By Dennis Abrams | @DennisAbrams2
‘A City, Even a Nation, in Literature’An international jury has announced that Shanghai novelist Wang Anyi is the winner of the fifth Newman Prize for Chinese Literature. Prof. Wang, who currently teaches at Fudan University, is the second woman to be named a Newman laureate, and the third writer from mainland China.
The Newman Prize is sponsored by the University of Oklahoma’s Institute for US-China Issues, is awarded every other year in recognition of outstanding achievement in prose or poetry that best “captures the human condition.” It is given solely on the basis of literary merit: any living author writing in Chinese is eligible. A jury of five literary experts nominated the five candidates last spring and selected the winner in a “transparent voting process” on September 21.
Wang Anyi will receive US$10,000, a commemorative plaque, and a bronze medallion at an academic symposium and award banquet at OU in Norman, on March 3. The event is to be hosted by Peter Hays Gries, director of the OU Institute for US-China Issues, which seeks to advance mutual trust in US-China relations.
“All five nominees are exceptionally talented and accomplished writers,” says Gries in a prepared statement. “It’s a testament to Wang Anyi’s remarkable literary skills that she emerged the winner after three rounds of positive-elimination voting.”
In the prize organization’s news release (in English and Chinese), the institute acknowledges that the jury found deliberations difficult. Peking University‘s Dai Jinhau, who nominated Wang Anyi for the prize, writes in her nomination statement, “Over the past 30 or more years, Wang Anyi has continuously transformed her writing and altered her literary directions to produce a spectacular array of works, through which she has created a sort of reality of Chinese-language literature, a city in literature, or even a nation in literature.”
Dai Jinhua nominated Wang’s novel Reality and Fiction (Jishi yu xugou, 1993) specifically, calling it a great work that represents “one means of creating the world.”
About it, Dai Jinhua writes, “It is not only literary writing, but also mega-writing of literature. It is a majestic experiment of literature and genre, and a demonstration and substantiation of theory: from the family to the nation-state, and from literary imagination to the history of ‘imagined community.’”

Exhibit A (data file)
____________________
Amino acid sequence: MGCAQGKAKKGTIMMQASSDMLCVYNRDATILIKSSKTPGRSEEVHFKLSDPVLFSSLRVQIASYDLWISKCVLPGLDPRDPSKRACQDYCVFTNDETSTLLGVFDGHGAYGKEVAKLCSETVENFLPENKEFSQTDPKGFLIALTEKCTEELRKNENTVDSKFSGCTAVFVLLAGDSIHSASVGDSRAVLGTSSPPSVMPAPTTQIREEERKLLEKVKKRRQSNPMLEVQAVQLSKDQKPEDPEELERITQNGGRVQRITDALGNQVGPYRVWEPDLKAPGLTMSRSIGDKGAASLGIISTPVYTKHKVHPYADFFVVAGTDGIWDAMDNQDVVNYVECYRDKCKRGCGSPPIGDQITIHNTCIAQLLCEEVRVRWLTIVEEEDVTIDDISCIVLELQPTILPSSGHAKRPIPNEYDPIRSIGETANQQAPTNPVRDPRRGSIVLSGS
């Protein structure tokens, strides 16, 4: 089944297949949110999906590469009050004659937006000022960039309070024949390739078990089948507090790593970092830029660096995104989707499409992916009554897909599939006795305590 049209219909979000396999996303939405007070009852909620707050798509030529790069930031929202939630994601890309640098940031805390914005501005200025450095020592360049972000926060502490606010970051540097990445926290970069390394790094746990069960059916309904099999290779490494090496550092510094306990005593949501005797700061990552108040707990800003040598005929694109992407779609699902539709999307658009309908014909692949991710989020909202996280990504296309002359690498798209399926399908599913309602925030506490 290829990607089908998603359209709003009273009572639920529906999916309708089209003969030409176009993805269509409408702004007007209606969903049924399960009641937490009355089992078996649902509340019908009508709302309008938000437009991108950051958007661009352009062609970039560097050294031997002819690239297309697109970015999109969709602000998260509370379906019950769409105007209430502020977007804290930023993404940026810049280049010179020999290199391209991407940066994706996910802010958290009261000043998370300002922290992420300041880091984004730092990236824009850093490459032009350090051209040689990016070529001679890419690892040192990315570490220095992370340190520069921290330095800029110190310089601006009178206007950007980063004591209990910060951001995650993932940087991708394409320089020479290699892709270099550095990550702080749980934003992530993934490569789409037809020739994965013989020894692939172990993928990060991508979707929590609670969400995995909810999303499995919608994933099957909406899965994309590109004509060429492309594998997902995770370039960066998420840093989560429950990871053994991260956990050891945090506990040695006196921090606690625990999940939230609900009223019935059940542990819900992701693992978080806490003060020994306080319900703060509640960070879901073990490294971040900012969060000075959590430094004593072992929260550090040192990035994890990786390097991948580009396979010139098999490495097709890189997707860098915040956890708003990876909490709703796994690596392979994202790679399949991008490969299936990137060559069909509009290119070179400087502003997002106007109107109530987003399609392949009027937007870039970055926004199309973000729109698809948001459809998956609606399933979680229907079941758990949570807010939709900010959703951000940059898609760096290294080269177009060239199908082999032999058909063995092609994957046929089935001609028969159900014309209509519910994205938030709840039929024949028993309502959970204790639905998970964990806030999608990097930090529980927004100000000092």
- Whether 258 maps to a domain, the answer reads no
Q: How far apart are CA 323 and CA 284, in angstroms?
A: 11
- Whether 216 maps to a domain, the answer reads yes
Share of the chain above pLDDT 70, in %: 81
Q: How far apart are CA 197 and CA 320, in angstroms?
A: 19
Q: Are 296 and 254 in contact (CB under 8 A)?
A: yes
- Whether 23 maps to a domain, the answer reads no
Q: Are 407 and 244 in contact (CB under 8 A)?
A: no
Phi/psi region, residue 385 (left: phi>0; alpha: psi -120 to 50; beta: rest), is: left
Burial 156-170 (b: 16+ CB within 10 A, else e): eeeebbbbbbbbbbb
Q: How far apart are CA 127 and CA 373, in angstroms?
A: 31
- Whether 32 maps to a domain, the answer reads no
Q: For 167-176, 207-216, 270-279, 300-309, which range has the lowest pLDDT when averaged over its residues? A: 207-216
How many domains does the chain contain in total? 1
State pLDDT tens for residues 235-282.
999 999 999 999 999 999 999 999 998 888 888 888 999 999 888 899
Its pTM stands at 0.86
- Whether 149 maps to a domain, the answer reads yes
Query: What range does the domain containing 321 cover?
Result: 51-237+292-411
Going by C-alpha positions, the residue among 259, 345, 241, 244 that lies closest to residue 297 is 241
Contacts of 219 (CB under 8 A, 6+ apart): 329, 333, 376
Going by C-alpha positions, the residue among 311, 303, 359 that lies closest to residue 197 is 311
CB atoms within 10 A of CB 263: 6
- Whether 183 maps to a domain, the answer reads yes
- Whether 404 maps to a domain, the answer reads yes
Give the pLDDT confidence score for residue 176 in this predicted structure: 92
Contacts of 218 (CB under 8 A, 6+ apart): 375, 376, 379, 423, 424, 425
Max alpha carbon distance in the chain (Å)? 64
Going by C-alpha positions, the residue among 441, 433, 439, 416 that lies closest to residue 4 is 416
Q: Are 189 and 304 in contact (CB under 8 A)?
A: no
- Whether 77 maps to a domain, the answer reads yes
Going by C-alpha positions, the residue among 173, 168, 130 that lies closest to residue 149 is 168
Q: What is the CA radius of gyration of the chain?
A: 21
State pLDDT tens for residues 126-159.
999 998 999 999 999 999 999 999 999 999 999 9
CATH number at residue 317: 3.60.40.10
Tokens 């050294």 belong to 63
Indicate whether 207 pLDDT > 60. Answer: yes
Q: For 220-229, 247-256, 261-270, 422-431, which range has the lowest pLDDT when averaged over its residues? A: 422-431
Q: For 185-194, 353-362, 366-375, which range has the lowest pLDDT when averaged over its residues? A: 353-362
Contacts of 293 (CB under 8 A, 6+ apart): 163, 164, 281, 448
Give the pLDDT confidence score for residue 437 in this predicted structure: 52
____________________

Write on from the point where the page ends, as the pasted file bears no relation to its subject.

‘History Intimately Intertwined With Personal Memories’
A biographical sketch includes these details:
“Wang Anyi was born in Nanjing, Jiangsu Province, but grew up in Shanghai. Like her mother, writer Ru Zhijuan (1925–1998), Wang pursued a literary career and in the early 1980s emerged on the Chinese literary scene. Wang is prolific and innovative: she writes consistently about the history intimately intertwined with her personal memories, and she writes profusely about Shanghai.
“David Der-wei Wang regards Wang Anyi as the successor of haipai (Shanghai-style) literature after the stellar Eileen Chang. Wang’s works are exclusively narratives of Shanghai. Her novel Song of Everlasting Sorrow (Changhenge, 1996) won the Fifth Mao Dun Literature Prize and has been translated into many languages. In addition to Reality and Fiction, her novels include Fuping (2000); Fierce Heroes Everywhere (Biandi xiaoxiong, 2005); The Age of Enlightenment (Qimeng Shidai, 2007); and Scent of Heaven (Tianxiang, 2011).
Mainland Chinese novelists Mo Yan and Han Shaogong received the 2009 and 2011 Newman Prizes for Chinese Literature, respectively. Mo Yan went on to win the 2012 Nobel Prize in Literature. Taiwanese poet Yang Mu won the 2013 Newman Prize, and Taiwanese novelist and screenwriter Chu T’ien-wen won the 2015 Newman.
The Newman Prize honors Harold J. and Ruth Newman, whose generous endowment of a chair at the University of Oklahoma enabled the creation of the OU Institute for US-China Issues 10 years ago. The University of Oklahoma is also home to Chinese Literature Today, World Literature Today, and the Neustadt International Prize for Literature.